Effect of growth factors on proliferation and phenotypic differentiation of human fetal neural stem cells.J Neurosci Res. 2004 Dec 01; 78(5):625-36.JN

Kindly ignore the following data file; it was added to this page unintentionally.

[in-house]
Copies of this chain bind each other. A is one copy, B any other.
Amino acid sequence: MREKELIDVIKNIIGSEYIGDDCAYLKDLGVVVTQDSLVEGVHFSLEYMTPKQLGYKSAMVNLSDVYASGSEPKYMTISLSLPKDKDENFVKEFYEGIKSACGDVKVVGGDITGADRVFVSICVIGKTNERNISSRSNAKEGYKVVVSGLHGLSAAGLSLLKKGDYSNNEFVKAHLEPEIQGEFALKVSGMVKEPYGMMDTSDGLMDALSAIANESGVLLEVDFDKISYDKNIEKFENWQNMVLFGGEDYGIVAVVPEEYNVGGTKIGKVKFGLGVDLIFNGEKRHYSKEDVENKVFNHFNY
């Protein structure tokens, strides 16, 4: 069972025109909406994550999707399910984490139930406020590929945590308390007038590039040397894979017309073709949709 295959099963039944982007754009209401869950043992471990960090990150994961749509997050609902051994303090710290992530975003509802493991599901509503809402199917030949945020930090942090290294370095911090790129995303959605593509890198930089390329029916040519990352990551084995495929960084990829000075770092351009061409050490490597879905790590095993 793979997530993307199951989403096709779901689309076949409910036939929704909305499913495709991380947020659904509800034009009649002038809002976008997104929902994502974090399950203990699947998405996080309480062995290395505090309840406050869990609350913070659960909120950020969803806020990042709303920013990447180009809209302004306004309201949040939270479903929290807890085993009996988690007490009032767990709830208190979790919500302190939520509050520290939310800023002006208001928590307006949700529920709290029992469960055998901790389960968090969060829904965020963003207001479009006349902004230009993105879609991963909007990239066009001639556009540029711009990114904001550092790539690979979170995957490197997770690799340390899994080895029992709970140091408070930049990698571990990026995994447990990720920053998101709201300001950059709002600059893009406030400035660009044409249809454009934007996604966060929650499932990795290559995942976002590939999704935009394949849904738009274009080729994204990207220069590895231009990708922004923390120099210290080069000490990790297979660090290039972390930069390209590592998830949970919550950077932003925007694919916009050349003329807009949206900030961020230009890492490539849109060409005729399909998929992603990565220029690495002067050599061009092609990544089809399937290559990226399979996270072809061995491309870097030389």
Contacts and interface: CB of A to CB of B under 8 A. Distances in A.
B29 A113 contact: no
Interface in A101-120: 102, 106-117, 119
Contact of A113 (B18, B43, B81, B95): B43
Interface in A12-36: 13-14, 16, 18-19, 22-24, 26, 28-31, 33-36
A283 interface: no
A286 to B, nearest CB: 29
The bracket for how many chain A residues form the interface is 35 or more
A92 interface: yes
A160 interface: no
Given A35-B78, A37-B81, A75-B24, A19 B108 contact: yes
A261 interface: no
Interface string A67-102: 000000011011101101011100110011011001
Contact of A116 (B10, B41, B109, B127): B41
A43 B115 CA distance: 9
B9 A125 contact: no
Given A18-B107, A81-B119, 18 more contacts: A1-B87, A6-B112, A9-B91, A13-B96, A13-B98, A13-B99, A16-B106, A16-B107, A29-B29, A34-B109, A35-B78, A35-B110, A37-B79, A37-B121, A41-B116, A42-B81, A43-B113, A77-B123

Human fetal neural stem cells (hNSCs) can be expanded in vitro by mitogens or growth factors, such as basic fibroblast growth factor (bFGF), epidermal growth factor (EGF), and/or leukemia inhibitory factor (LIF). Their effects on proliferation rate and differentiation pattern of hNSCs, however, have not been fully characterized. In this study, we cultured hNSCs in seven regimens, including bFGF, EGF, and LIF, either alone or in combinations. Cells were maintained as neurospheres in treatment media for various periods, up to six passages. A combination of bFGF, EGF, and LIF expanded hNSCs more efficiently than any other treatment as determined by counting total cell numbers using a trypan blue exclusion assay, a WST-1 cell viability assay, and a bromodeoxyuridine incorporation flow cytometric analysis. Differentiation patterns of hNSCs expanded under different conditions were also analyzed. We reported previously that hNSCs primed in vitro with a combination of bFGF, heparin, and laminin (FHL) induced neuronal differentiation toward a cholinergic phenotype. In this study, we show that the FHL priming increases neuronal differentiation while decreasing astroglial generation in all treatment groups as determined by immunostaining. However, cells proliferated under different growth factor conditions do vary in their phenotypic differentiation patterns. Particularly, significant generation of cholinergic cells was observed only in hNSCs expanded with EGF/bFGF or EGF/bFGF/LIF, but not with other treatment regimens, even when they are exposed to the same priming procedure. Our results indicate that hNSCs are highly plastic, with their proliferation and differentiation potential dependent on different growth factor treatments.